Director and photographer Bec Lorrimer has a relaxed Australian charm that shines through in her work but belies her enormous passion for ethics, the environment, and sustainable fashion. She is a thoughtful, considered, and talented artist. Her fashion photography, which has been featured in some of the world’s top publications like Vogue Australia, Glamour, and ID, is a beautiful expression of women’s joy and freedom.
Bec photographed our May cover with model and artist Myla Dalbesio, and shared with us why this shoot and model were important to her and the meaning of being an ethical fashion photographer.
So why don't you start by introducing yourself?
Hi, I'm Bec Lorrimer and I'm a photographer.
And where are you from?
I'm from Sydney, Australia, and I've been living in New York City for six years now.
What inspired you to move to New York?
New York's always been a place that I wanted to live. When I was young, I came here with my parents and it's one of the only places outside of Australia where I thought I could live.
Did you always want to be a fashion photographer?
I didn't grow up wanting to be a fashion photographer. I grew up wanting to be a filmmaker. I studied film, and I wanted to be a cinematographer. But, I ended up working in a photo studio, and then started to work in fashion photography. They were the kind of photographers I was meeting and I loved the creative aspect — I loved how it was a lot more open than film. Film's quite regimented, you have to be a lot more organized. Fashion can be a lot more creative, and on the fly — shooting off the cuff is a little bit more relaxing. And plus, you get to listen to music while you do it.
That is a great point. I agree with you on that. What made you want to shoot for The Frontlash?
I've always been really interested in the environment, and sustainability and climate change are important [issues]— now more than ever. I feel like growing up in Australia, we have a lot more awareness of the [environment]and simply not littering or trying to minimize our impact on the environment. Being in New York, it bothered me quite a lot because I feel like we don't really have a handle on it as much as I would love for the city to have.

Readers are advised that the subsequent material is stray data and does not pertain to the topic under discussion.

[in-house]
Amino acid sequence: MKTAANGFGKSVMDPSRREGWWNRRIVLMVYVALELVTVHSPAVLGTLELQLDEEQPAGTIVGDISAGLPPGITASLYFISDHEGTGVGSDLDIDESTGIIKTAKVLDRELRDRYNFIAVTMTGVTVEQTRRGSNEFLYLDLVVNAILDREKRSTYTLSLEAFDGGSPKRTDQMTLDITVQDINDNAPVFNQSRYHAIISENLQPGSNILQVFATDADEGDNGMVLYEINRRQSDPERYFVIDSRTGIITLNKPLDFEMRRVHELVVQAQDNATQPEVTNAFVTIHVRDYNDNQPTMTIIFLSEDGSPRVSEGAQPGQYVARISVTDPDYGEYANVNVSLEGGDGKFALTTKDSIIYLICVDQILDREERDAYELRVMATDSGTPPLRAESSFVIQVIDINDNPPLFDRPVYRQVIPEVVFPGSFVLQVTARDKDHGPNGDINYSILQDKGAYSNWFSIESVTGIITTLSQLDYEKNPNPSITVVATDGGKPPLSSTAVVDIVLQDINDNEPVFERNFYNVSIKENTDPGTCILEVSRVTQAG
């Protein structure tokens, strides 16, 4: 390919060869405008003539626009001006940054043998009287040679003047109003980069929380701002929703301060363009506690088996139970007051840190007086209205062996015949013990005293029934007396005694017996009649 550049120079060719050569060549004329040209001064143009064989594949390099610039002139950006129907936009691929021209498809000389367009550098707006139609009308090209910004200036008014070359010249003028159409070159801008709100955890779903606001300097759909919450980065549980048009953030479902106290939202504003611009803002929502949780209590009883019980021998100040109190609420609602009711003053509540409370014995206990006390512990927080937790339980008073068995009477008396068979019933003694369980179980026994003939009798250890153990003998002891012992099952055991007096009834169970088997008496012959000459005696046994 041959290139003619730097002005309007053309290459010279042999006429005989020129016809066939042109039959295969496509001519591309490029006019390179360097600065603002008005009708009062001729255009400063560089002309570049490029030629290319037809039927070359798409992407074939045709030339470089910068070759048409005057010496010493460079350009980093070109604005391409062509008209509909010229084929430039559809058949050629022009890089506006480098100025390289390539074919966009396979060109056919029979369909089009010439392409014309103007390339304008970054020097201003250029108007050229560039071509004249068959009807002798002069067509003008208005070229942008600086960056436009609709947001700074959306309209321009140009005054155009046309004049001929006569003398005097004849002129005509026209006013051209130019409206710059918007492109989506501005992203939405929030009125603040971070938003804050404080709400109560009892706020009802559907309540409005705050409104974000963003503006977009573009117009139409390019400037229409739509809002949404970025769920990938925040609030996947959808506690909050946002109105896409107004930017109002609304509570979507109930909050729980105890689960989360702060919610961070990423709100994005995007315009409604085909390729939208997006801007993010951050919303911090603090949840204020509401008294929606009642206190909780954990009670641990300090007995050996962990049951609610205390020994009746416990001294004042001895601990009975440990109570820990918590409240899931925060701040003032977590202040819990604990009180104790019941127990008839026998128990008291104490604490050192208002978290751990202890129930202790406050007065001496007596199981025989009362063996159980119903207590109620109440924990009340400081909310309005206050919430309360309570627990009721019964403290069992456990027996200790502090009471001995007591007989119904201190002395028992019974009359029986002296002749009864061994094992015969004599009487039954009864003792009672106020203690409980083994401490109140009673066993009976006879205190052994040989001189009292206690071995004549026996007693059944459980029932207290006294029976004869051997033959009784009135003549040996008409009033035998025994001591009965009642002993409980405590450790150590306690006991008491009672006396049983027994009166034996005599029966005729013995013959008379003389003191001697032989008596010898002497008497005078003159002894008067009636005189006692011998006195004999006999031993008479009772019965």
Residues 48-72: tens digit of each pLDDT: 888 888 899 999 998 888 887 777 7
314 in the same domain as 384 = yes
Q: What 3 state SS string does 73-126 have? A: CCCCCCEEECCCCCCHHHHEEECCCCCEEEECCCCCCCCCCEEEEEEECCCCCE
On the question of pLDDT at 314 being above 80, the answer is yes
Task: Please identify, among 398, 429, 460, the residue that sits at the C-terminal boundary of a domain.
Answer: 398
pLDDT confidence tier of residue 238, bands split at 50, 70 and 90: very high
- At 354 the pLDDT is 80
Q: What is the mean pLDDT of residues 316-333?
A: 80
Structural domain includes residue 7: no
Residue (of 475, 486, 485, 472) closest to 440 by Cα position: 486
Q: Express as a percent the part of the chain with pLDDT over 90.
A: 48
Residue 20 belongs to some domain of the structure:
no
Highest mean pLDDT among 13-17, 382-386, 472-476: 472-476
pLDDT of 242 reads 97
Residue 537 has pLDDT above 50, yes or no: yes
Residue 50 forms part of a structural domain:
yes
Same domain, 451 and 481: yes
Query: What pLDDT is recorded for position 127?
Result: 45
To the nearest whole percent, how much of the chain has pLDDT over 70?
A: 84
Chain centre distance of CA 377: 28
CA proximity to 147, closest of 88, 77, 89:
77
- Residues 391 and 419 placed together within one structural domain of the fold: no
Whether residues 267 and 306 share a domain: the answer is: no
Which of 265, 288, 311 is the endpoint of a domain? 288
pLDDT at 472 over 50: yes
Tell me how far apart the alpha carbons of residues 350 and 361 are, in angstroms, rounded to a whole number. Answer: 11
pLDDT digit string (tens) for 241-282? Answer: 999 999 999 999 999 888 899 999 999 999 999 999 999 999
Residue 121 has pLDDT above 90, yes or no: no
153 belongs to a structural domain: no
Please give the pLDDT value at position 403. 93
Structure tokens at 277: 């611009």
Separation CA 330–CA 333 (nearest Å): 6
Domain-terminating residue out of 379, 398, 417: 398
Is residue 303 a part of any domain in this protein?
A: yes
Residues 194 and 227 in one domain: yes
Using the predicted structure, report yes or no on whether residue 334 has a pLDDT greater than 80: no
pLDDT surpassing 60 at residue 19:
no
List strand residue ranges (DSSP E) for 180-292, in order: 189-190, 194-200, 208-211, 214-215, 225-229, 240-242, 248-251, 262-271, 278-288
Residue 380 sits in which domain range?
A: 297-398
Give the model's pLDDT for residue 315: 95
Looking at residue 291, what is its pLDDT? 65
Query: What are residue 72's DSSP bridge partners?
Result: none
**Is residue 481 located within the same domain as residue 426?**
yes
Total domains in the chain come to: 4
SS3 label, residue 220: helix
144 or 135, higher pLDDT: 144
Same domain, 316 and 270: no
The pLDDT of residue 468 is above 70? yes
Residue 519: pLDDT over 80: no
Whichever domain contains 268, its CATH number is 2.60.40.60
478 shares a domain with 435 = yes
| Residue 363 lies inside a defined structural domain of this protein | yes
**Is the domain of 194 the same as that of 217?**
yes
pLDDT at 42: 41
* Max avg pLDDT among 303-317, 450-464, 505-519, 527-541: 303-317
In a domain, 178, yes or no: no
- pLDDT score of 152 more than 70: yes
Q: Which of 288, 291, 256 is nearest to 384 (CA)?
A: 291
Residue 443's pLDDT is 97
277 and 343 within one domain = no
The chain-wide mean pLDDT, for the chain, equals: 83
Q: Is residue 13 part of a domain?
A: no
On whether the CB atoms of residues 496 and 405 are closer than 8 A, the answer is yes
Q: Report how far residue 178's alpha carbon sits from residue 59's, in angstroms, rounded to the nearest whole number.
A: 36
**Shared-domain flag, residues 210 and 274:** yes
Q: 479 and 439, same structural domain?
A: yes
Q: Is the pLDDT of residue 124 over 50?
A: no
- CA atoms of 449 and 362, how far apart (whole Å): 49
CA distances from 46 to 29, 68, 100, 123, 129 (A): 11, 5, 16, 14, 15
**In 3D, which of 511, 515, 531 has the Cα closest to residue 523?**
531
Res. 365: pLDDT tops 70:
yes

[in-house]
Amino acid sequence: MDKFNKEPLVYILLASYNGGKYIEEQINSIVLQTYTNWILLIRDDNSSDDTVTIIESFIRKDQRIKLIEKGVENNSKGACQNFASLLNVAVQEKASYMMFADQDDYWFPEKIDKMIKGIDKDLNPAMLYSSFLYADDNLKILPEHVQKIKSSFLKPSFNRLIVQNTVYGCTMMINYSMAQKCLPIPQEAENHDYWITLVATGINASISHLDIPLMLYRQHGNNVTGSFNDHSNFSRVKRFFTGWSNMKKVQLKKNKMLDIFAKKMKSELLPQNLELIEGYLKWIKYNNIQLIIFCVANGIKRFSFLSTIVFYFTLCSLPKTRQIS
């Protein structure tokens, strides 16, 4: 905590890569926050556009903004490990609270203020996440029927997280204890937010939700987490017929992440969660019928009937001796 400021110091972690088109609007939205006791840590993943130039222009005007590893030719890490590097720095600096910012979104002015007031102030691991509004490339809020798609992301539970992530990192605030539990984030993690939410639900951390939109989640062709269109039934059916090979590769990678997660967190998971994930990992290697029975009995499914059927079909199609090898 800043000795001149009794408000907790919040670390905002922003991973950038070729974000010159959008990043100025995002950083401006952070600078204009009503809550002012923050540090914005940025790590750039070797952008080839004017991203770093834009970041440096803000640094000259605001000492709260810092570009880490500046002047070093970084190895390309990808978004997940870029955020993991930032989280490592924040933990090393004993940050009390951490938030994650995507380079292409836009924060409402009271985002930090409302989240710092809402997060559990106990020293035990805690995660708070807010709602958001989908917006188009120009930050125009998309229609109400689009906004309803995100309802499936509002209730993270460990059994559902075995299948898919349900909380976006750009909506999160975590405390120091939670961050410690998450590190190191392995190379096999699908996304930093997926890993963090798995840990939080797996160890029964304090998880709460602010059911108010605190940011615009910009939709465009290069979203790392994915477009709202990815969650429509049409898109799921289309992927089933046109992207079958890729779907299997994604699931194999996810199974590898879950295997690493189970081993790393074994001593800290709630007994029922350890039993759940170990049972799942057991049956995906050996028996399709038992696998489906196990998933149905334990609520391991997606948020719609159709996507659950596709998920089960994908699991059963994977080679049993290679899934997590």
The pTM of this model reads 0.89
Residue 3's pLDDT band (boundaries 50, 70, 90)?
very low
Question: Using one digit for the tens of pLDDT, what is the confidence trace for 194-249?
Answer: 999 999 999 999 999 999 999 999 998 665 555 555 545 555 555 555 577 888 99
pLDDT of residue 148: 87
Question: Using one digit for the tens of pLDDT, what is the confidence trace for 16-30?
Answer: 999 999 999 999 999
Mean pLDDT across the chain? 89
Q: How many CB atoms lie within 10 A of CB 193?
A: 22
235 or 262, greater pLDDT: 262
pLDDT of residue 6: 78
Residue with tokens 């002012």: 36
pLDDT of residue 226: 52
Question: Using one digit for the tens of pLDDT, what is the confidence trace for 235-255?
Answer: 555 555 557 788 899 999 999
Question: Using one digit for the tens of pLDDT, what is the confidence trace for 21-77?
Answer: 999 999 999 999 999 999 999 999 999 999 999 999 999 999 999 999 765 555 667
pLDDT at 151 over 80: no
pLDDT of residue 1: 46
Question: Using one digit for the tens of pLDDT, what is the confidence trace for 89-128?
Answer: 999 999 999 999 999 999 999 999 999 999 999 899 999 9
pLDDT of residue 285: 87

Working in fashion can be difficult for ethics as well. I do find fast fashion quite difficult to deal with personally. We throw out a lot of fashion. We're trying to teach people to buy a lot of stuff that maybe they don't need. The prices of products have gone down, which means people can buy them more often and they can throw them out more often because they don't seem to need to worry about the cost. Shooting for The Frontlash is really exciting because I feel like it's important to show people that you can have a sustainable wardrobe and that you can make choices in your everyday purchases and in your everyday life that can be meaningful.
And what did you love and what do you love about shooting with Myla?
I've been following Myla and her work for years, since I worked with her with Lachlan Bailey on a shoot for Calvin Klein underwear. Not only is she a model but she has an interesting perspective. She's an artist, she's a feminist, she speaks about things that are meaningful to her, and she often will let people in on deeply personal things that have happened to her. When you have a public figure like her, it's really nice to know that they are human and they've got difficulties. It's also inspiring to see someone who you find interesting speaking out about things that are important.
We agree! As a fashion photographer, if you could imagine a better way for fashion, what would it look like for you?
A sustainable world for fashion would be to encourage consumers just to buy what they need, buy good quality, be asking questions about where the products come from, how the products are made, and a lot more brands being transparent as well.
The key thing for all consumers, which is all of us, is to be aware of where your money goes. Make purchases that are in line with your ethics, or your intention, even to the point of buying recycled toilet paper. Be aware of if you are going to throw it out after a season, or whether it's going to be something that'll last you for five or ten years, or is it a fashion item that you're not going to wear it again? I think it's really important to try and have longevity in the fashion wardrobe.
Video : Laura Jones
Video Editor: Kari Herring
Words: Laura Jones
Copy Editor: Sonjia Hyon